- In your pitch or submission, let the editor know you’ve read the submission guidelines. I love when I receive a pitch that says something like, “Hi! I’ve submitted my post here via a Google document per your submission guidelines. I’ve also included my bio information, as well as relevant links within the post. I look forward to your response!” This tells me upfront you’ve done your homework. I already like you, and now want to love your pitch or submission.
2. Pitching an idea or post that has nothing to do with the content we publish.
This may be the worst offense yet. On a near daily basis, I receive a handful of completely off-base pitches.
Here’s a good example. I recently received a pitch at The Write Life for a piece titled, “How to choose love.” Uh…
Even if you’ve never read our blog before (which you definitely should before pitching), you can be pretty sure that topic would not make sense for a site about writing.
When I receive an off-base pitch like this one, I assume the writer is firing off that same pitch to multiple websites. They don’t truly care if my site publishes their work, and therefore, I don’t care to consider their piece.
What to do instead:
- Please…take time to actually read the blog you want to pitch before sending off your idea. Familiarize yourself with the type of content a blog publishes, so you can then pitch a relevant idea.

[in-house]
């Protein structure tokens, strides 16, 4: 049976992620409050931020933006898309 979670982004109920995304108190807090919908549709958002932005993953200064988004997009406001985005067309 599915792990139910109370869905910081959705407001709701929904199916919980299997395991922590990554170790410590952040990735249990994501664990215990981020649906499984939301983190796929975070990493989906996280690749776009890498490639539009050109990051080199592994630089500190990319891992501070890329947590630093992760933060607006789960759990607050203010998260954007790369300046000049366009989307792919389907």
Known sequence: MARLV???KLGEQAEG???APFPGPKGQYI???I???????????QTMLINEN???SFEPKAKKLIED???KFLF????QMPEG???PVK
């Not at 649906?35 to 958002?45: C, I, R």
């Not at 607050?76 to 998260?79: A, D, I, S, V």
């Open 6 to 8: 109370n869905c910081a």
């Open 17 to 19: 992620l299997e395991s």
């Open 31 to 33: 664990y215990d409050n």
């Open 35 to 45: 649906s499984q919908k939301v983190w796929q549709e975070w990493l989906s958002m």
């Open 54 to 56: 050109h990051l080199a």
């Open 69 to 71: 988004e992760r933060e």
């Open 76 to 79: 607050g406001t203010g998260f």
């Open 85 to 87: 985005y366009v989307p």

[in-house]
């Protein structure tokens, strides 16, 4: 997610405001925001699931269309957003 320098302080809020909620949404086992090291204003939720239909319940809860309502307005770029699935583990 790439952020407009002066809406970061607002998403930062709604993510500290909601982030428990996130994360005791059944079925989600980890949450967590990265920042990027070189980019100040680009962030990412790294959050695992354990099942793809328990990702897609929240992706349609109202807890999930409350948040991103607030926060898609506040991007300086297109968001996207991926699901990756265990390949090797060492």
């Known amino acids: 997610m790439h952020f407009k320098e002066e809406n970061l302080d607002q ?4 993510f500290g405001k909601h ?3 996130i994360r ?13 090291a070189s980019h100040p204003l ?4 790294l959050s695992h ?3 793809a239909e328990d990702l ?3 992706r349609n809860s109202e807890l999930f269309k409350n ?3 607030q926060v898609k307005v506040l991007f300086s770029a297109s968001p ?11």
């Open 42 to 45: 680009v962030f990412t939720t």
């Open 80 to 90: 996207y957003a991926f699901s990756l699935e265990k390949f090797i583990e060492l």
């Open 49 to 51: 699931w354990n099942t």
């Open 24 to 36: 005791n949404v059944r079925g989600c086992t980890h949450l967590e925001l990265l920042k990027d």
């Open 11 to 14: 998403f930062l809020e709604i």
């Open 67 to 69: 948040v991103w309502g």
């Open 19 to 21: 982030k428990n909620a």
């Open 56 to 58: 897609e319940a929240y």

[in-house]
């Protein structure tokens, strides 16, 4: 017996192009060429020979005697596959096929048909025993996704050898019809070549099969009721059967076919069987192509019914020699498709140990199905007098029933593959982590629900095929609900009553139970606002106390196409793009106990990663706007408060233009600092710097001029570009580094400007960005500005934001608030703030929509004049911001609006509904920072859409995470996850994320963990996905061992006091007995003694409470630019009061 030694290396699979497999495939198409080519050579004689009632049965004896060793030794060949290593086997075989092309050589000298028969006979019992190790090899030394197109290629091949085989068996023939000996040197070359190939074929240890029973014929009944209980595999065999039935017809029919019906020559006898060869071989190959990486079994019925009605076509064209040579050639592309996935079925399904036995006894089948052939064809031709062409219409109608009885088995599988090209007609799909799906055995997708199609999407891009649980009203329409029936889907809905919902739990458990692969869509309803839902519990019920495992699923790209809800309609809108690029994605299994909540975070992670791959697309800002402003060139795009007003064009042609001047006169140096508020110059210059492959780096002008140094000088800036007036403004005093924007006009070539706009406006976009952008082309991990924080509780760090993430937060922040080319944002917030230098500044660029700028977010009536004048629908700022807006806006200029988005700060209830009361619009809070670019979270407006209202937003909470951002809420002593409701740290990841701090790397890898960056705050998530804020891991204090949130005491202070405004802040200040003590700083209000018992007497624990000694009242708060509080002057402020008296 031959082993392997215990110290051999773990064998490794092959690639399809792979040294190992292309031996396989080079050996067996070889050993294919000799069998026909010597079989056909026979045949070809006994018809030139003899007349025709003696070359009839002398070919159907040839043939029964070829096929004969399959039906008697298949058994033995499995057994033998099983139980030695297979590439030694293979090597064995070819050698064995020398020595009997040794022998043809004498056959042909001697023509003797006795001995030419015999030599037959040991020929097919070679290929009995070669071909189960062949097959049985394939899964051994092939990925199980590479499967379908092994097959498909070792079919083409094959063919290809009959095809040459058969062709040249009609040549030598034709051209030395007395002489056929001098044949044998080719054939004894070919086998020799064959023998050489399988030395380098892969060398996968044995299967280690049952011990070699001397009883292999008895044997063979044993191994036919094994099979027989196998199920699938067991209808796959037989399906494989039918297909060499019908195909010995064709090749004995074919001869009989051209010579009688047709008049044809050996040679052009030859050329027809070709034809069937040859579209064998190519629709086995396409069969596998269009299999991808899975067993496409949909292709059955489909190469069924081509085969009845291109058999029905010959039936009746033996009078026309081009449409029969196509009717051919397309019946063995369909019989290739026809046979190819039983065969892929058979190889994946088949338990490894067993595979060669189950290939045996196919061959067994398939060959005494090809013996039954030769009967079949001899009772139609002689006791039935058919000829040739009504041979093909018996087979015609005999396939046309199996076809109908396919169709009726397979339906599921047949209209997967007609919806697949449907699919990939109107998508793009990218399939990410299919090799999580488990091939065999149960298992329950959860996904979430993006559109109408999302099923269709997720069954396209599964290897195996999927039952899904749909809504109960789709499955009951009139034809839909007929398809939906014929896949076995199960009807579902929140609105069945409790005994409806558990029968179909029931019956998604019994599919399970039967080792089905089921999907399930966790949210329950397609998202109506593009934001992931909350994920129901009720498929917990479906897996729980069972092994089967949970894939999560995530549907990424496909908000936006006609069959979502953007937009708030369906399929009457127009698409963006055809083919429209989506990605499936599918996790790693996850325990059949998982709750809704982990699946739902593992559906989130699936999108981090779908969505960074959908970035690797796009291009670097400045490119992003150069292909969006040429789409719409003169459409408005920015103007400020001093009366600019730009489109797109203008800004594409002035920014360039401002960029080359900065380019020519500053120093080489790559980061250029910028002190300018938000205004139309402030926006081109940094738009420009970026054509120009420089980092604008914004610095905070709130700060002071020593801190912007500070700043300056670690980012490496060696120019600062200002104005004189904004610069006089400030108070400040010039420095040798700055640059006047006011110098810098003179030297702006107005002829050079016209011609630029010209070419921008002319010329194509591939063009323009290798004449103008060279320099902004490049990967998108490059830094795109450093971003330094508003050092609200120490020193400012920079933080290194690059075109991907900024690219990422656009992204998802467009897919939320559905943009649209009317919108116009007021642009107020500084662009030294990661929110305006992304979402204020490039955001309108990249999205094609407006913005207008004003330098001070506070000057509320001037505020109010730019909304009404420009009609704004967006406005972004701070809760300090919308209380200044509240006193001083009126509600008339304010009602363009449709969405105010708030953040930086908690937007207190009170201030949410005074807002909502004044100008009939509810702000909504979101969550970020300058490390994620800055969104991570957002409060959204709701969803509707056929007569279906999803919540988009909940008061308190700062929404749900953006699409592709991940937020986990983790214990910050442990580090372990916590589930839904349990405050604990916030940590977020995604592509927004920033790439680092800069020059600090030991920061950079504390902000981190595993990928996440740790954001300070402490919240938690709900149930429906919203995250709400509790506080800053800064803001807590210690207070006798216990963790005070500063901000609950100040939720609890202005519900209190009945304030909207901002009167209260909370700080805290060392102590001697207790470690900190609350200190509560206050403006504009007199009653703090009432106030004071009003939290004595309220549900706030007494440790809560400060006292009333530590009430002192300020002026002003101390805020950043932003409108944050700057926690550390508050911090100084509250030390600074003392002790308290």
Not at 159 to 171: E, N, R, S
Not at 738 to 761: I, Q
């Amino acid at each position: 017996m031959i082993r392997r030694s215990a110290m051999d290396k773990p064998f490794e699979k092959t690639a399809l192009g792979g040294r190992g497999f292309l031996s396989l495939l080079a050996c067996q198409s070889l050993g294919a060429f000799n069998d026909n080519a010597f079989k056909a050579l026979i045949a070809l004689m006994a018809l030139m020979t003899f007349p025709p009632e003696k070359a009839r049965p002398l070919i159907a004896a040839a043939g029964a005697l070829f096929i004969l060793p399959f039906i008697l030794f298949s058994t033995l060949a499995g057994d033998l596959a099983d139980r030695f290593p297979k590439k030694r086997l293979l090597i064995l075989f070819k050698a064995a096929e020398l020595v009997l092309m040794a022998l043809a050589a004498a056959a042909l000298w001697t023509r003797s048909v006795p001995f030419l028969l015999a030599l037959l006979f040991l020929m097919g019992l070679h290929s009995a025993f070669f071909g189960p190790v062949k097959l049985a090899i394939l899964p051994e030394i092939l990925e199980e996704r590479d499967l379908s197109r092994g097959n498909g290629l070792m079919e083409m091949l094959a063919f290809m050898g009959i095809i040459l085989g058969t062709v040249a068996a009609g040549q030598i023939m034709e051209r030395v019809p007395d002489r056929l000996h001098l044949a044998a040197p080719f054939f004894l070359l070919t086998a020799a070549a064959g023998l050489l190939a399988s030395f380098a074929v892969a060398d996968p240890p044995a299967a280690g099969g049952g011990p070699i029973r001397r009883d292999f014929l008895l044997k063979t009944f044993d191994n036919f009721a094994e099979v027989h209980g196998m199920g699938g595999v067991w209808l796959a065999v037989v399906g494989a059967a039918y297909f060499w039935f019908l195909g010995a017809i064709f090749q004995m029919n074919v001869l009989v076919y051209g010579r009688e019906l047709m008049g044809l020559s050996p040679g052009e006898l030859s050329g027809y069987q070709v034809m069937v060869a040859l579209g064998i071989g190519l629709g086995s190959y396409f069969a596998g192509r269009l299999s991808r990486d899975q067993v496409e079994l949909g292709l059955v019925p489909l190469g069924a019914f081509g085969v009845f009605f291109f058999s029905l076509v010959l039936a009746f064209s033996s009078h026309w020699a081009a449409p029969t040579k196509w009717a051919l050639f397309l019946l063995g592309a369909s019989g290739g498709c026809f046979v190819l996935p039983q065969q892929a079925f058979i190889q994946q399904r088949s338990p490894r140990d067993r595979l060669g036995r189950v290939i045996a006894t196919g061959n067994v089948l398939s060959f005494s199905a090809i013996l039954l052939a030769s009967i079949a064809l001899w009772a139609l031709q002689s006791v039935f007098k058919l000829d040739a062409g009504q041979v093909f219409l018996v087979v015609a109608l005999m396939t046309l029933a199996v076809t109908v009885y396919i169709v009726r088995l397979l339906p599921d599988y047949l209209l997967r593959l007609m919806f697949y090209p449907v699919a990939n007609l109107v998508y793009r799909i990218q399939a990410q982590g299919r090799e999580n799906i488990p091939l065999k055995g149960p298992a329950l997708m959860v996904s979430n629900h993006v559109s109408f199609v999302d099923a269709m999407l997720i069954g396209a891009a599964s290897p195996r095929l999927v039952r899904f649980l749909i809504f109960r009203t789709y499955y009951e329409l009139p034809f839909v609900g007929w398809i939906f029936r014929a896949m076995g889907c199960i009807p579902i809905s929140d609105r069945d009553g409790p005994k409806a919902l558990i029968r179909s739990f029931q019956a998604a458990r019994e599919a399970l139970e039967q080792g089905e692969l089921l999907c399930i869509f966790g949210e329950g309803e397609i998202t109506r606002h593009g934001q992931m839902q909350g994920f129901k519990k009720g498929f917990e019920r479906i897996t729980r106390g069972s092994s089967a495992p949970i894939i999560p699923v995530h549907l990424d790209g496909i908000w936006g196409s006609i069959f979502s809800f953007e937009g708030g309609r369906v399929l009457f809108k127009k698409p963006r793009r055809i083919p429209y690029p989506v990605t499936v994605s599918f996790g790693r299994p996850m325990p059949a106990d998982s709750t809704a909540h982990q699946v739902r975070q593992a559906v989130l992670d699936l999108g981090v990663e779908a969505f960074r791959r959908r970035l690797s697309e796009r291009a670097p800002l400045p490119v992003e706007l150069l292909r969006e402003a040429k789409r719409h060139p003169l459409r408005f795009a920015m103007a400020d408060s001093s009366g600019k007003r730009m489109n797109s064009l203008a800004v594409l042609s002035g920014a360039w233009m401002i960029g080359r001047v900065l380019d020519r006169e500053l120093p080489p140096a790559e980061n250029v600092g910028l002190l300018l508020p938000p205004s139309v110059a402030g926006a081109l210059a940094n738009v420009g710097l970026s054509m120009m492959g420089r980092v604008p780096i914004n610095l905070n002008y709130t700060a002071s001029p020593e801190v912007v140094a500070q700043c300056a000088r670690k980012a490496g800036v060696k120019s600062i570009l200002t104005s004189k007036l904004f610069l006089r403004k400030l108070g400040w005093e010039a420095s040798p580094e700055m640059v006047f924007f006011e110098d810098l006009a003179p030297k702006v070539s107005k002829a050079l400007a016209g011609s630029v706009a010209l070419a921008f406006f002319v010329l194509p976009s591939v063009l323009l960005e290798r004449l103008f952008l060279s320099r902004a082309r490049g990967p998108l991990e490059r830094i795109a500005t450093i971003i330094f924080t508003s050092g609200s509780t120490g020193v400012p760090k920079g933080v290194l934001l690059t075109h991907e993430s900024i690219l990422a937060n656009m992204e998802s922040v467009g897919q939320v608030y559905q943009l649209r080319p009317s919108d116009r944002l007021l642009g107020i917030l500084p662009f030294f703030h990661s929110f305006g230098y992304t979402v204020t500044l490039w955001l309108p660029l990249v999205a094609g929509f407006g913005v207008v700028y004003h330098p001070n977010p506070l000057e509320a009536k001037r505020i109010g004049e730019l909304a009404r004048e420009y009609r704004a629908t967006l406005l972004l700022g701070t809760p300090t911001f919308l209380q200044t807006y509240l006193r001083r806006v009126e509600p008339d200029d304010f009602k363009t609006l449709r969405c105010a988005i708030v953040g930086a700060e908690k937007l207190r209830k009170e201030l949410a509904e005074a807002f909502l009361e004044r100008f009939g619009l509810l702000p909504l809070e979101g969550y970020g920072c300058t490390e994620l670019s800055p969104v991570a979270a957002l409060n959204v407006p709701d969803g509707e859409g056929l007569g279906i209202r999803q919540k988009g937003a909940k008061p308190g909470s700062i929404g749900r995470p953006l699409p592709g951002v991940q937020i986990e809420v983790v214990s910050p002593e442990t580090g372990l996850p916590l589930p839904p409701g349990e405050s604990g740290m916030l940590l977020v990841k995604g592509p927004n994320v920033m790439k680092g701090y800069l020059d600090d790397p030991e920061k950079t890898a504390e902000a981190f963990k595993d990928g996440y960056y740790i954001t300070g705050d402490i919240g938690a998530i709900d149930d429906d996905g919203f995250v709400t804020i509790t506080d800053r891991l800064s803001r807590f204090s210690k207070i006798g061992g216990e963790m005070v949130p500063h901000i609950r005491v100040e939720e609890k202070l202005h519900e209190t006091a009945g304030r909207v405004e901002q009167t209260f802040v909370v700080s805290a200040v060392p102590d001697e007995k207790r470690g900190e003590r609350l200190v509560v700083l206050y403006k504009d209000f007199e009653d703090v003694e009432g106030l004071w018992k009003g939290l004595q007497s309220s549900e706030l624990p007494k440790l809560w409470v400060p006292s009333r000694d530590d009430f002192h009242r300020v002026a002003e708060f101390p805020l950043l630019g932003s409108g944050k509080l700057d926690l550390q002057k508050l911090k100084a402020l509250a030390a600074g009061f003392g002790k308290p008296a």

- Explain why your idea or piece is a perfect fit for my website. Just a quick sentence or two will do here. Over at Muck Rack, I’ll often receive a pitch from a PR pro who says, “Hey! I saw Nicole’s piece on how to get the attention of a journalist. I’d love to build off of that piece and share tips from a PR pro’s perspective” or something to that effect. Referencing another post on our blog, or explaining why your piece is a fit for my audience helps me understand why I should publish your work.
3. Submitting a piece that looks nothing like what we publish.
If a writer takes the time to read even just 2-3 posts on The Write Life’s homepage, they would notice some key trends.
- We’re a big fan of list-based posts.
- We tend to use headings and subheads to break up content.
- Our writing tone is very conversational, and we use a lot of white space, often breaking up large paragraphs into smaller ones.
- We link out to other relevant posts from our blog.
So, when I receive a post submission with super long paragraphs, written as an essay, with no links to our blog or external sources, all I can do is shake my head, immediately click to my canned “not a fit” response and hit send without even reading their full post.
Your writing may be amazing, but we’re not going to change up our style and post layout to accommodate. Instead, you can adapt your writing to fit within our style.
What to do instead:
- Become familiar with the blog’s style and aim to emulate that as best as possible when you send your pitch or submission. This isn’t to take away your unique voice by any means, but it helps me to see that you understand our style and can make your voice fit within those parameters.